Worst Job in a Wood Shop

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Forum topic by Chris Wright posted 01-28-2010 10:51 PM 1818 views 0 times favorited 28 replies Add to Favorites Watch
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Chris Wright

540 posts in 3509 days

01-28-2010 10:51 PM

Topic tags/keywords: question

Here I am, taking a quick break from the one job I have to do in the shop that I just hate. We have a decent size shop here at the Arts & Crafts Center, and with it we have a decent size dust collector. The collection bins are four 55 gallon drums. And today I’m emptying them. But that by its self isn’t so bad, what makes this task so bad is that I also have to knock the filter clean. I know what you’re thinking, “well, how bad can that be?” Well, I’ll tell you. This filter is comprised of 48 roughly six inch diameter tubes made of filter cloth that are suspended in the top half of the dust collector. These tubes fill with chips and dust over time and I have to stand inside the lower part with a broom handle and poke and knock the chips free. Breathing and eyesight issues aside (this is where I use my Trend Airshield the most), I then have to clean up all the saw dust that’s now on the ground, and if it’s like it is today, the wind is not kind. It usually takes me about an hour and a half to two hours to completely empty the collector, dumping roughly 8 to 10 drum loads of saw dust.

So, that got me to thinking. What’s the one job that has to be done in your shop that you don’t necessarily “hate”, but you enjoy the least?

I look forward to reading your comments.

-- "At its best, life is completely unpredictable." - Christopher Walken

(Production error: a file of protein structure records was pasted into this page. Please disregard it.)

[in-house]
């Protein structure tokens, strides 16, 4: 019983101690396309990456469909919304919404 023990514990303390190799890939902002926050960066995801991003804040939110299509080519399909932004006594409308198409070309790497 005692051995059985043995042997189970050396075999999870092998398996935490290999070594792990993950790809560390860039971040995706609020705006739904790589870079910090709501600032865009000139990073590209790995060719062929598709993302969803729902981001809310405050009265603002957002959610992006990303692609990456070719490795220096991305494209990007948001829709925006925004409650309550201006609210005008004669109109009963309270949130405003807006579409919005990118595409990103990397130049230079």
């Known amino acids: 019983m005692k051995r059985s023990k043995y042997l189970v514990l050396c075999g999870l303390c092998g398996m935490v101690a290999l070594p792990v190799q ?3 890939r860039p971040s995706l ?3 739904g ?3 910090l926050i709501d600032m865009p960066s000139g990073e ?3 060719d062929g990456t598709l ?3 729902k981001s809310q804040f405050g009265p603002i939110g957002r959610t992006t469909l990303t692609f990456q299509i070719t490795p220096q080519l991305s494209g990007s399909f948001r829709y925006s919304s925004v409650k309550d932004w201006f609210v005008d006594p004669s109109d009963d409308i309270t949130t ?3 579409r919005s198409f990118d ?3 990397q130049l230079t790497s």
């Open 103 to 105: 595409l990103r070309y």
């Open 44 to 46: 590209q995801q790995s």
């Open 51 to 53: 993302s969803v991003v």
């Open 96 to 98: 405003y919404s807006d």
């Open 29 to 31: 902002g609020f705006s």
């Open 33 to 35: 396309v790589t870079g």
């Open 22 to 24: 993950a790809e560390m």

28 replies so far

View Rustic's profile


3253 posts in 3624 days

#1 posted 01-28-2010 11:00 PM

cleaning in general

--, Rick Kruse, Grand Rapids, MI

View TopamaxSurvivor's profile


18291 posts in 3703 days

#2 posted 01-28-2010 11:04 PM

Sounds like a breeze compared to cleaning up waste on a dairy or hog farm ;-))

-- Bob in WW ~ "some old things are lovely, warm still with life ... of the forgotten men who made them." - D.H. Lawrence

View Gary's profile


9333 posts in 3460 days

#3 posted 01-28-2010 11:36 PM

You got that right Top!!

-- Gary, DeKalb Texas only 4 miles from the mill

View Dennisgrosen's profile


10880 posts in 3143 days

#4 posted 01-28-2010 11:39 PM

to change breakpads on the car in this wintherstorm——-ups that was not wood related or was it I still
have to go to the tool store tomorow to get a new cheisel
but in the shop it is to find any tool i need for a project it take too long when all the stoff is in moving boxes


View Padre's profile


930 posts in 3516 days

#5 posted 01-28-2010 11:48 PM

Woodworking related: Vacuuming up all the chips/shavings.

Non-woodworking related: leaching out the outhouse up in Canada where we spend 2-3 months every year. Although I did make a nifty tool that my family has dubbed the “chipstersh**stirrer.” LOL Put it on the end of a 1/2” drill, put it down the hole, and it dices, slices, purees, mixes, liquifies and does a fantastic job. Those little butt bullets just don’t stand a chance! Just add water!! And YOU TOO CAN MAKE YOUR VERY OWN! JUST 19.99 + SHIPPING WILL GET YOU THE PLANS. BUT WAIT, THERE’S MORE! NOT ONLY WILL WE SHIP YOU THE PLANS, WE WILL INCLUDE SOME VERY RELIABLE RUBBER GLOVES TO PROTECT YOUR HANDS! BUT WAIT! CALL IN THE NEXT 5 MINUTES AND WE WILL DOUBLE YOUR ORDER AND ALSO INCLUDE NOSE PLUGS! THAT’S RIGHT! ALL THIS FOR 19.99+SHIPPING. CALL NOW, OPERATORS ARE STANDING BY.


-- Chip ----------- 6:8

View Mark's profile


1807 posts in 3301 days

#6 posted 01-29-2010 12:00 AM

sanding after sanding after sanding….then comes finishing and W A I T I N G…I dont mind cleaning my shop too much after finishing a project because I do it while I’m still in my great buzz of another accomplishment and pondering what to do next.

-- M.K.

View Dez's profile


1166 posts in 4105 days

#7 posted 01-29-2010 12:46 AM

I would have to say it is the waiting for whatever reason – glue to set, finish to dry etc!